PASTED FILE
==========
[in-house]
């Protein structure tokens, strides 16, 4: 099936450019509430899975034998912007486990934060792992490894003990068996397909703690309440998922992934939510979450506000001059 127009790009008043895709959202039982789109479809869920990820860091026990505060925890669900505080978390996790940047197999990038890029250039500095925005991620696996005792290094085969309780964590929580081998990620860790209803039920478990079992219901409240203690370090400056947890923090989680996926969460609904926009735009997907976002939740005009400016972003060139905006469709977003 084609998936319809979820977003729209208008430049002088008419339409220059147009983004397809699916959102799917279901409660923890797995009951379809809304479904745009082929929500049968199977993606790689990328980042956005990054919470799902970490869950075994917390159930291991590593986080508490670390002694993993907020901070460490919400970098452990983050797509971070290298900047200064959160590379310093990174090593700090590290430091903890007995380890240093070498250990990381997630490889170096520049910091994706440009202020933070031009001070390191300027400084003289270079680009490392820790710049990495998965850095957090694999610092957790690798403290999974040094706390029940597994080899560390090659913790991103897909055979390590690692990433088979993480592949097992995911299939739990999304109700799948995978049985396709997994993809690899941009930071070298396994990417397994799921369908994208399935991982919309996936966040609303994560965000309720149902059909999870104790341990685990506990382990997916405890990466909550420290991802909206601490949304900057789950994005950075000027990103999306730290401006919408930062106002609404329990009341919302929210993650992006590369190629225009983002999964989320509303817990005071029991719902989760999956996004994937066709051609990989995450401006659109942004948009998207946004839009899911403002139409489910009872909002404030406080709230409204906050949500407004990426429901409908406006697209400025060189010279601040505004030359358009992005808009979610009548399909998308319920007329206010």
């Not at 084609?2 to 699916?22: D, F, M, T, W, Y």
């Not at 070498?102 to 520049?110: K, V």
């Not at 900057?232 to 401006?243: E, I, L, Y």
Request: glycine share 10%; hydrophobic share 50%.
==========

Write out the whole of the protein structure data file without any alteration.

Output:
[in-house]
């Protein structure tokens, strides 16, 4: 099936450019509430899975034998912007486990934060792992490894003990068996397909703690309440998922992934939510979450506000001059 127009790009008043895709959202039982789109479809869920990820860091026990505060925890669900505080978390996790940047197999990038890029250039500095925005991620696996005792290094085969309780964590929580081998990620860790209803039920478990079992219901409240203690370090400056947890923090989680996926969460609904926009735009997907976002939740005009400016972003060139905006469709977003 084609998936319809979820977003729209208008430049002088008419339409220059147009983004397809699916959102799917279901409660923890797995009951379809809304479904745009082929929500049968199977993606790689990328980042956005990054919470799902970490869950075994917390159930291991590593986080508490670390002694993993907020901070460490919400970098452990983050797509971070290298900047200064959160590379310093990174090593700090590290430091903890007995380890240093070498250990990381997630490889170096520049910091994706440009202020933070031009001070390191300027400084003289270079680009490392820790710049990495998965850095957090694999610092957790690798403290999974040094706390029940597994080899560390090659913790991103897909055979390590690692990433088979993480592949097992995911299939739990999304109700799948995978049985396709997994993809690899941009930071070298396994990417397994799921369908994208399935991982919309996936966040609303994560965000309720149902059909999870104790341990685990506990382990997916405890990466909550420290991802909206601490949304900057789950994005950075000027990103999306730290401006919408930062106002609404329990009341919302929210993650992006590369190629225009983002999964989320509303817990005071029991719902989760999956996004994937066709051609990989995450401006659109942004948009998207946004839009899911403002139409489910009872909002404030406080709230409204906050949500407004990426429901409908406006697209400025060189010279601040505004030359358009992005808009979610009548399909998308319920007329206010």
């Not at 084609?2 to 699916?22: D, F, M, T, W, Y």
């Not at 070498?102 to 520049?110: K, V």
């Not at 900057?232 to 401006?243: E, I, L, Y």
Request: glycine share 10%; hydrophobic share 50%.